Nov 072013

Despite oh-so-reverential commentary by eternal rock dude-scholar David Fricke to the contrary the recent PBS American Masters documentary on Jimi Hendrix confirmed that the guitarist’s post-Experience career was pretty much a waste. Did you watch it? The trailer, above, is pretty cool in its own right, and even if you don’t care for Hendrix you will get a quick look at modern-day Steve Winwood‘s brilliant and unexpected muttonchops!

I recorded this episode a few nights ago, and started watching it around 11:30 pm the night it broadcast. I was really tired that night, but I kept pushing ahead, through way too many fond remembrances of the “sweet, shy, gentle” Jimi by a trio of ladyfriends, in hopes of striking paydirt with a performance or Eddie Kramer-led mixing board breakdown of one of my favorite songs by the man, “The Wind Cries Mary.” When it finally arrived, an excerpt of a live television performance, my tired eyes welled up with tears of joy. I recalled listening to this song on my uncle’s 8-track player as a little kid, painting Day-Glo designs on his wall and imagining what it would one day feel like when people around me start dying. Jimi Hendrix Experience-era Hendrix fascinates me. The guy exuded guitar, and the band played cool songs. Unbelievable stuff! I was really tired, so I went to sleep before the documentary got into the post-Experience years, which never appealed to me.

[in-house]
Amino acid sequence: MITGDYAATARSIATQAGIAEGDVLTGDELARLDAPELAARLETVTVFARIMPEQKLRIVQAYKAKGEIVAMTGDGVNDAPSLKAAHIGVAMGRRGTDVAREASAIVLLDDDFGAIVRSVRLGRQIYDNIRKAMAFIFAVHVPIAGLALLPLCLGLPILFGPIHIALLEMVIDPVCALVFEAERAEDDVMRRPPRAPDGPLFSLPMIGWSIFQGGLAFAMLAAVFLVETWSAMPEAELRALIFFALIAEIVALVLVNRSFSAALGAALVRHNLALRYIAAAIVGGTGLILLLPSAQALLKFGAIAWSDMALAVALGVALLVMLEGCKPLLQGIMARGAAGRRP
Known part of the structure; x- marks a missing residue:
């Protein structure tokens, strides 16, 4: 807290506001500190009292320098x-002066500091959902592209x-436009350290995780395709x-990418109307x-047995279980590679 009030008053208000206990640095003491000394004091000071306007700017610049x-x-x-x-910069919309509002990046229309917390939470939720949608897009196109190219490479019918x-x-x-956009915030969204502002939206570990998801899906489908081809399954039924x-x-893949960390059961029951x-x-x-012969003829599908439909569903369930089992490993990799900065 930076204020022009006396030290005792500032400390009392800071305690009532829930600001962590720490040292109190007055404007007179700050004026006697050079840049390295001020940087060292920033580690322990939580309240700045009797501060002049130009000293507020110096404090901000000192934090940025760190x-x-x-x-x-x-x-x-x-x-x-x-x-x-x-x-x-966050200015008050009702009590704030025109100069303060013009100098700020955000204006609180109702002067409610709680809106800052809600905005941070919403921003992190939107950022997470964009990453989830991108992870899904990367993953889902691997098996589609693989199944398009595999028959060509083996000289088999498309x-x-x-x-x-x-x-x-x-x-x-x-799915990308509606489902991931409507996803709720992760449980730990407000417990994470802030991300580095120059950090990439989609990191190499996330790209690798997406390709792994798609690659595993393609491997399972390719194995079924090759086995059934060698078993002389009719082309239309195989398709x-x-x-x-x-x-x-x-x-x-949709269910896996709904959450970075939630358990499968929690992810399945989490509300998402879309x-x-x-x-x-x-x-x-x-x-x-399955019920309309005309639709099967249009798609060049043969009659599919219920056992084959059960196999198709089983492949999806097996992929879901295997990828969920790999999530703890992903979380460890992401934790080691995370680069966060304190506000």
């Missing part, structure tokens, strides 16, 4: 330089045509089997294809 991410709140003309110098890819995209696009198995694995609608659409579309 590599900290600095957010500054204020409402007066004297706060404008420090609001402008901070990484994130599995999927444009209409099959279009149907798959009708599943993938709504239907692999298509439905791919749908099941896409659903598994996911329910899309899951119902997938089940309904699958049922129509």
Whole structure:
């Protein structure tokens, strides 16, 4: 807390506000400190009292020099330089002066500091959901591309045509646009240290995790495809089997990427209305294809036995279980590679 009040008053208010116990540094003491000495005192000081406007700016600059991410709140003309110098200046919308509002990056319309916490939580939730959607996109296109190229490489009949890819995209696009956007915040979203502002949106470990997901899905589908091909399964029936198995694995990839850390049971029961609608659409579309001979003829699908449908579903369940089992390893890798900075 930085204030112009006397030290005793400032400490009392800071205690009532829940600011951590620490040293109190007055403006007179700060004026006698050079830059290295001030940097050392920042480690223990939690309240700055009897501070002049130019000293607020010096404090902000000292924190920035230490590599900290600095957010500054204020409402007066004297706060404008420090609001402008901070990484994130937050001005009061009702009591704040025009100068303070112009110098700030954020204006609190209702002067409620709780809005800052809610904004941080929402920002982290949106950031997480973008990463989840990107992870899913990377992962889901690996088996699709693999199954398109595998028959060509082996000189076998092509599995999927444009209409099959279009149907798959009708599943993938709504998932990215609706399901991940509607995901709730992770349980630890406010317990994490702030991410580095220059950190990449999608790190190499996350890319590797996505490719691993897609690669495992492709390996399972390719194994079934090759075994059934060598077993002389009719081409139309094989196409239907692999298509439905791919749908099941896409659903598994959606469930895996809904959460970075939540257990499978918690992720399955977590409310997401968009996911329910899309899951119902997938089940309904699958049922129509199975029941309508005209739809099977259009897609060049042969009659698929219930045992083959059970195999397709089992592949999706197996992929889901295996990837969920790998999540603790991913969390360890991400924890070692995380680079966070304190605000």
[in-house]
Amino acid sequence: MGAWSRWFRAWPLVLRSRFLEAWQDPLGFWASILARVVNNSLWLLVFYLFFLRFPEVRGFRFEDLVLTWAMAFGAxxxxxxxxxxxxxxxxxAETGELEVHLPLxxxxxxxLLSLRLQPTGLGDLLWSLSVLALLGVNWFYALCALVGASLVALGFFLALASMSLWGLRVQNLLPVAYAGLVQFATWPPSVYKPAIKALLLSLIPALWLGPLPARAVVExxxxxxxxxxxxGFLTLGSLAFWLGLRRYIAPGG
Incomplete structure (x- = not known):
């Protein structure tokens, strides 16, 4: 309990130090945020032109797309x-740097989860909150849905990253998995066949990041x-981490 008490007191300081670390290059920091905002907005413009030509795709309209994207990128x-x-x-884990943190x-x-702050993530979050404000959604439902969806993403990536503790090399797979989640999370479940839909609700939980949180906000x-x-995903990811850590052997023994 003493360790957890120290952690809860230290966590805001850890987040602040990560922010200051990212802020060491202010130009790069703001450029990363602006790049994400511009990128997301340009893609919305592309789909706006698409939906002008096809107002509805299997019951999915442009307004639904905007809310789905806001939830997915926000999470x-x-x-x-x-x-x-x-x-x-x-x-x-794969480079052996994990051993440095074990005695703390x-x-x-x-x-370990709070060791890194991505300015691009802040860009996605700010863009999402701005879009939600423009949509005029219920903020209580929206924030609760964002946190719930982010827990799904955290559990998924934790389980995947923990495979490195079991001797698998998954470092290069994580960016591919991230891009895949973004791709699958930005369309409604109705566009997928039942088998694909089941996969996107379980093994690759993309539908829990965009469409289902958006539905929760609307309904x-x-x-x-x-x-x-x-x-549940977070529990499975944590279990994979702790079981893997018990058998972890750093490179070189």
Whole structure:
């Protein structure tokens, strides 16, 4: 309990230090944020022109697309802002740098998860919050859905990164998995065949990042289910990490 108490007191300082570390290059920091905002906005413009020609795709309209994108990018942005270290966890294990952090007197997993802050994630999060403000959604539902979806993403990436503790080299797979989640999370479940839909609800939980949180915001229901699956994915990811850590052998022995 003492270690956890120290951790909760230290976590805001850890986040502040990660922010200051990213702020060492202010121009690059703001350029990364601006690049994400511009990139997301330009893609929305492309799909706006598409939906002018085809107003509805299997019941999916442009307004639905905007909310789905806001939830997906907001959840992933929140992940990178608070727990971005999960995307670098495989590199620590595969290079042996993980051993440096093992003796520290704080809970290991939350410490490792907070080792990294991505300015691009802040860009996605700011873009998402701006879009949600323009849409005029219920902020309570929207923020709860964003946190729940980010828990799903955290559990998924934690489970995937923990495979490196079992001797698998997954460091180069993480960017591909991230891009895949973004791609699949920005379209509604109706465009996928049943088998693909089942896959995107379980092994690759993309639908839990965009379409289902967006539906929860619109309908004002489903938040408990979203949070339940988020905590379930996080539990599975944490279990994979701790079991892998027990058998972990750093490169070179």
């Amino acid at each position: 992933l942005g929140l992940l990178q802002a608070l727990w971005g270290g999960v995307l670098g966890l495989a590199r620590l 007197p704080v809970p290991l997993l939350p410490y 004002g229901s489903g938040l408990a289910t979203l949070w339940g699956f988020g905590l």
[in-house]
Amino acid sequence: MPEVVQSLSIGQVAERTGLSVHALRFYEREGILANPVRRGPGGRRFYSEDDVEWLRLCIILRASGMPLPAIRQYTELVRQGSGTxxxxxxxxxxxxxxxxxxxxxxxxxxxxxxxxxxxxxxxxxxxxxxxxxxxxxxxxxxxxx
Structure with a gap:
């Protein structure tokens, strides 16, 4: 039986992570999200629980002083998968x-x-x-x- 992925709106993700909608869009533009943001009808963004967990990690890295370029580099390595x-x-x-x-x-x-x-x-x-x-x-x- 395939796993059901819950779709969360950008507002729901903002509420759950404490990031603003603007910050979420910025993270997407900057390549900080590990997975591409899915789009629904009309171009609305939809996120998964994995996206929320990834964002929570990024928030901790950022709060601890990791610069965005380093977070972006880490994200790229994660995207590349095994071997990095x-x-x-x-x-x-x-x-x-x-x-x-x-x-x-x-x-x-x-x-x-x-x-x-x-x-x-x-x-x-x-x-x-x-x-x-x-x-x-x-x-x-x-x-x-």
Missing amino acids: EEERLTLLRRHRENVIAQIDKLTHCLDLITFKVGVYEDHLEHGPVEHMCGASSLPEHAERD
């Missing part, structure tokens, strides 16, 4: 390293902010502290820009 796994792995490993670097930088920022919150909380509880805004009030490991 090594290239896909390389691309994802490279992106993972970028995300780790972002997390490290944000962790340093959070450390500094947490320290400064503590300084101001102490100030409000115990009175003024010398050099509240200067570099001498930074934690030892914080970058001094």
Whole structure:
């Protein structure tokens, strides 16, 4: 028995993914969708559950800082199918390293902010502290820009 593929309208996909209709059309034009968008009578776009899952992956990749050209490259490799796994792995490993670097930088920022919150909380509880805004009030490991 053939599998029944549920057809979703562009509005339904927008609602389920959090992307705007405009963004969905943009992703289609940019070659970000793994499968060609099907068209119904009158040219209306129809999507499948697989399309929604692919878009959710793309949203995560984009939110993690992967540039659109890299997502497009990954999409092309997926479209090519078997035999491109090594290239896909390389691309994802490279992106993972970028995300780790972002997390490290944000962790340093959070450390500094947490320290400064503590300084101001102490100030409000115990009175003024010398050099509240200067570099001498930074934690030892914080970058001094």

I knew guys in high school who couldn’t hear the difference between the Experience years and the later years with replacement bassist Billy Cox and other inExperienced musicians jamming along. I thought they were dipshits. They thought that stupid “Freedom” song had as much merit as “Purple Haze.” They were wrong, totally wrong. Late-period Hendrix just jammed. He strayed from songs. He strayed from wild studio arrangements. He started using other guitars and effects that had more presence but lost some humanity. He sounded like he was playing to an ever-expanding festival scene, like he felt obligated to project for miles and miles. That stuff bored me, and hearing teenagers badly attempt to ape that period Hendrix was a drag.